The action in the film is really pretty incredible. It is extremely violent (only part of the reason for the R-Rating kiddos), but there is a cartoonish factor to it which allows it to not feel gory. It is definitely gratuitous, but Deadpool would want it that way. The CGI in the film isn’t always the best, but in a way it helps lend a feel that this is a comic book translation and comic books are ridiculous and can’t always be translated perfectly to real life. If you loved or even liked the VFX reel that leaked onto the internet and actually caused this film to be made, then it probably won’t bother you at all. If you didn’t like that, then don’t even bother going to see this movie.
Just because something feels like a perfect translation doesn’t mean it is a perfect film. It definitely has its flaws. The largest one I felt was the damsel-in-distress portion of the film. Deadpool is the one character that could’ve completely flipped this plot line somehow on its head and really had fun with it, but didn’t. This is not just some pro-feminist point, it is also the tired trope and cliché in too many movies. The latest Mission Impossible was one of the first and best action movies to really reinvent and rethink that and do it well, and I would’ve just liked to see this movie really take it a step further. In no way does that mean there aren’t strong female characters. In fact, the strongest characters in the movie are literally female.
This isn’t a complaint by me but this is not at all a movie for kids. There are a lot of adults that probably don’t need to watch this movie either. The best way to put this is “what if Kevin Smith infused his humor into Blade II?” I think that about accounts for most of the violence and inappropriate humor in this film. Seriously, if any Kevin Smith film or if the Hangover films were borderline you walking out on, then don’t waste your money on this film. Personally Kevin Smith has made some of my favorite films, so I put this comparison in the positive column. You can make your own judgement on that (and on me, mom). If Blade II was too violent for you, this may not be a movie for you either.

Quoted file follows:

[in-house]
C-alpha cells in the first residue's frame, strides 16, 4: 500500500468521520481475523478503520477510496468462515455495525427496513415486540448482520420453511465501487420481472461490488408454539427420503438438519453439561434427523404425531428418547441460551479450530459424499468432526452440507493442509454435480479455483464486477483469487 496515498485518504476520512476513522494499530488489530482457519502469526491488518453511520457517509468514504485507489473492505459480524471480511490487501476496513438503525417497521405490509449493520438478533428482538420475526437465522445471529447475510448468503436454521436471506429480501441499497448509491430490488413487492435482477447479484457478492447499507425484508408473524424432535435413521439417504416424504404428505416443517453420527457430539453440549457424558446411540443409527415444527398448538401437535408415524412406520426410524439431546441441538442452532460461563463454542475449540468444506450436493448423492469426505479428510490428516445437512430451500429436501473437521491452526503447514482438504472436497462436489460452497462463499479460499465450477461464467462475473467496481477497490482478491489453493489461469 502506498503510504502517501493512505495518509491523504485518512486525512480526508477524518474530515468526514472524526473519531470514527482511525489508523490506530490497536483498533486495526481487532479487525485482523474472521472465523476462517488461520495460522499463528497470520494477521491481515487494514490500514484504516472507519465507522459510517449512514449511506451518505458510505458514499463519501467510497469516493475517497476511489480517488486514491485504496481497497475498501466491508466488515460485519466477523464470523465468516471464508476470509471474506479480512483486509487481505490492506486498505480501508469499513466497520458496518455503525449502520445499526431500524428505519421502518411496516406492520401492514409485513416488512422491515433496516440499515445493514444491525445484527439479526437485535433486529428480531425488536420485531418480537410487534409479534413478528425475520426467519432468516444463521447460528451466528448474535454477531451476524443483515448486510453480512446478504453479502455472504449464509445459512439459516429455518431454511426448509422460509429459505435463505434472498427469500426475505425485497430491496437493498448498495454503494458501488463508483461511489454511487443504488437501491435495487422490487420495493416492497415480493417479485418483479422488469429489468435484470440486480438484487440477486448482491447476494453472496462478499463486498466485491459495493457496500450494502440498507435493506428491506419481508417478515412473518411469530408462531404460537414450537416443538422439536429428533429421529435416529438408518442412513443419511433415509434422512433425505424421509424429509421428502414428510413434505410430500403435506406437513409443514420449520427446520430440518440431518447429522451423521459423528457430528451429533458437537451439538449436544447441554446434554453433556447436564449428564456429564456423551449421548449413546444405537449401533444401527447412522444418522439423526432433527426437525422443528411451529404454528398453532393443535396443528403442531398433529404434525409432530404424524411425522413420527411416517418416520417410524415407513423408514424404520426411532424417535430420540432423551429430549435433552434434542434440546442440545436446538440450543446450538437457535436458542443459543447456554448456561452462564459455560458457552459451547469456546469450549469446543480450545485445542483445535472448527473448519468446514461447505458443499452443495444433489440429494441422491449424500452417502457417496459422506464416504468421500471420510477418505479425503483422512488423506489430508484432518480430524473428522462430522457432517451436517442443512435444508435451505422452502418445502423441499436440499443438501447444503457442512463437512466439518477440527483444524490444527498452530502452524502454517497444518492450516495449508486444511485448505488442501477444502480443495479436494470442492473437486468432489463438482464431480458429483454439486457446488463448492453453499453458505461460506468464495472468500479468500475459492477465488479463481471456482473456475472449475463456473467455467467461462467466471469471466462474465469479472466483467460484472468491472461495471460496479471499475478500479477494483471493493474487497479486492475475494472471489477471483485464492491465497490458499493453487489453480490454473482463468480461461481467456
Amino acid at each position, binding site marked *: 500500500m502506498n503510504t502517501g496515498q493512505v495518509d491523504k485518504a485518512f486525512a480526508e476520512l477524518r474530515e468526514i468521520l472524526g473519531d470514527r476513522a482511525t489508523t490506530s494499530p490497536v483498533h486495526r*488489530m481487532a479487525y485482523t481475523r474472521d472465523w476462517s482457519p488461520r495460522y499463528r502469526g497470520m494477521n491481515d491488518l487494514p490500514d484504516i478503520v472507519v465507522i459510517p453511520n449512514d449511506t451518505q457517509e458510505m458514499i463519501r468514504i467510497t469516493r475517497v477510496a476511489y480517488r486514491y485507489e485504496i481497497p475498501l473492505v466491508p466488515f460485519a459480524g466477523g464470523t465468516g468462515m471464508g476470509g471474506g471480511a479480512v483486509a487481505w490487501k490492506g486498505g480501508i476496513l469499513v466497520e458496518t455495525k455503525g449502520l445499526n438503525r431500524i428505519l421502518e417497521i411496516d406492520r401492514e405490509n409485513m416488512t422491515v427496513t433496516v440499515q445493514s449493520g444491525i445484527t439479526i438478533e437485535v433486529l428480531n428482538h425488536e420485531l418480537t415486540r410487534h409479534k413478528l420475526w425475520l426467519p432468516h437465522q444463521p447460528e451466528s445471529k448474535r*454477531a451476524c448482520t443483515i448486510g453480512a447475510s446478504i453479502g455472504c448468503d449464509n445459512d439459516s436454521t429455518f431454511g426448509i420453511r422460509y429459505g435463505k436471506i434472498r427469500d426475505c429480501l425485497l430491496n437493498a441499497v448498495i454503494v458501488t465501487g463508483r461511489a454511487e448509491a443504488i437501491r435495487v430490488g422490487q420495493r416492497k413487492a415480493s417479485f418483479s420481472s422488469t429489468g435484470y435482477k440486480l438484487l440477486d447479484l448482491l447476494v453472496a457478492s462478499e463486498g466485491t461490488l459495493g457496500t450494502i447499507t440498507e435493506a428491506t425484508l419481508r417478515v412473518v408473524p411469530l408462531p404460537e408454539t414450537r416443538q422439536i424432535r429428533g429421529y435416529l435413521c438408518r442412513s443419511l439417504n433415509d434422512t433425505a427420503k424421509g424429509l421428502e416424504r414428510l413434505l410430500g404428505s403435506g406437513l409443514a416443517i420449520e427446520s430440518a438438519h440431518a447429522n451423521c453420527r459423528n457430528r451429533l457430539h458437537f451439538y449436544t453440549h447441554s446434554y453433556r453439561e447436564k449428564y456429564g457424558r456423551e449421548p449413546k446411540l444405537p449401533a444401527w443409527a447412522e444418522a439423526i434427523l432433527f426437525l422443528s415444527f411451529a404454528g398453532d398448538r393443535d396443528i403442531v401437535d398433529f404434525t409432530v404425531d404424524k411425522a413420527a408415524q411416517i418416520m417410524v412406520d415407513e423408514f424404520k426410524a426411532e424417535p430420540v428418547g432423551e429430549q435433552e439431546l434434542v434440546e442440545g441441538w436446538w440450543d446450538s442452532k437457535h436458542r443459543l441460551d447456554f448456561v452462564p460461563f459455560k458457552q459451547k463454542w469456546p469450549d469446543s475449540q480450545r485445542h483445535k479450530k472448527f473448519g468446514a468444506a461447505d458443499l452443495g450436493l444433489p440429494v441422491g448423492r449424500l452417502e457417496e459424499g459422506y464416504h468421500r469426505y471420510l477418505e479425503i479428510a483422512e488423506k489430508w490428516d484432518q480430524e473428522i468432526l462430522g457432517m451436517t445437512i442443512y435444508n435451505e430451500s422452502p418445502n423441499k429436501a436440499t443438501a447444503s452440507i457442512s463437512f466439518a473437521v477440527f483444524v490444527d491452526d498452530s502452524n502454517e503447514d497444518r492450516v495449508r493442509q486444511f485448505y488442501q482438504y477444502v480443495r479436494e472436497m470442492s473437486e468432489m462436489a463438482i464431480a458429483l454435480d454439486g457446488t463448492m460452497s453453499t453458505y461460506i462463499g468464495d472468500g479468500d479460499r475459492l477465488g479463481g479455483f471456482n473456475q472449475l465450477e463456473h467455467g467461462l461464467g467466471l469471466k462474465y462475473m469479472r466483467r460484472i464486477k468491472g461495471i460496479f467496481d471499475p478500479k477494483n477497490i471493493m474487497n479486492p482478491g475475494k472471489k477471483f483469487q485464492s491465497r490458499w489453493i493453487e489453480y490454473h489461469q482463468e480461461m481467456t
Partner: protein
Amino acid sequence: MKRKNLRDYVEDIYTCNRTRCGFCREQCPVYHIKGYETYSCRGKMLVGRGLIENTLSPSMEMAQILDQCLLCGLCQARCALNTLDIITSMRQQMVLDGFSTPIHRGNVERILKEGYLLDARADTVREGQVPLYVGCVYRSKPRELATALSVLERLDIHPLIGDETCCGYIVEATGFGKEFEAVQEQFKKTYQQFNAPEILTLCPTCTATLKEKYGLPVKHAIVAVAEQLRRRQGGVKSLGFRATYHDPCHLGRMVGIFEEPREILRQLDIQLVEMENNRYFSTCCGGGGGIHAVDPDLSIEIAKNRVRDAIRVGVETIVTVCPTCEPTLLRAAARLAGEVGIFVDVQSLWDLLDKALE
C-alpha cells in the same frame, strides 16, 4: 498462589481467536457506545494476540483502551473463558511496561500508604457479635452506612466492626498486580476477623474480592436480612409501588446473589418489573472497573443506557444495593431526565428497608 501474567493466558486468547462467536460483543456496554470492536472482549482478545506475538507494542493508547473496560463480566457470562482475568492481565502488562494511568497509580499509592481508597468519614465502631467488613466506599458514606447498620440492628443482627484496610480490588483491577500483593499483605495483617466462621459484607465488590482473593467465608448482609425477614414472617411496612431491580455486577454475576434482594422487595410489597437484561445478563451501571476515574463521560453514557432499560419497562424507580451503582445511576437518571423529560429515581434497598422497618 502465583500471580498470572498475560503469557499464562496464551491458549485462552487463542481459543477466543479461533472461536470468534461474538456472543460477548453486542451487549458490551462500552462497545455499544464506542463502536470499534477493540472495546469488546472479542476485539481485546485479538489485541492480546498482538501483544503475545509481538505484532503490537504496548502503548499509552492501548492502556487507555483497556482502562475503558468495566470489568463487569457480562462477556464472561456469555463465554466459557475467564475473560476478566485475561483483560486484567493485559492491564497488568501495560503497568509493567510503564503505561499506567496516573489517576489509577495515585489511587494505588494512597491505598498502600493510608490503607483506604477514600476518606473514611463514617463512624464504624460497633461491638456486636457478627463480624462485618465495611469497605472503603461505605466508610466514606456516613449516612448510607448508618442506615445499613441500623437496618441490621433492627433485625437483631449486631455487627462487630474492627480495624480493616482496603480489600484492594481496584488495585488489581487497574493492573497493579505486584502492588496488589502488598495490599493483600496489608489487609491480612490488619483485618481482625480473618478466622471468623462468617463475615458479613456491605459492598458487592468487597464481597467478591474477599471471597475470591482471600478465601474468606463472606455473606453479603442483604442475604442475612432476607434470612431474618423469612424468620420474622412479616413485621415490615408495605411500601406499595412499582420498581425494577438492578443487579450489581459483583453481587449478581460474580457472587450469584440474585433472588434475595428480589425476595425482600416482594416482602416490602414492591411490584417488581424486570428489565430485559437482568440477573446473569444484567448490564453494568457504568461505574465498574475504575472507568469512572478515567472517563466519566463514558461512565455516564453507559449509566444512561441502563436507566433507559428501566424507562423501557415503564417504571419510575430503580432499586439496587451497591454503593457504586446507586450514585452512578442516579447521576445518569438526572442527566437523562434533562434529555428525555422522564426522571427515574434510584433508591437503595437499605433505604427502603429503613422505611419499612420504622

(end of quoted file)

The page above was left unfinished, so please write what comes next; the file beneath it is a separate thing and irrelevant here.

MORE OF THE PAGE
All-in-all, the best way to look at this film is through the marketing, which has really been done perfectly. Everything is there to tell you everything you need to know about making a decision to go see this film. If you’re on the fence or concerned about whether this movie is right for you, I really think if you watch the red-band trailer or the original VFX leaked footage from over a year ago that’s a telling summary of the movie. If that makes you excited, then go see this movie. If that makes you want to go to confession, don’t see this movie.
This is definitely one I’ll probably see again in the theater and I’ll be pre-ordering the already announced unrated Blu-Ray as soon as it is available.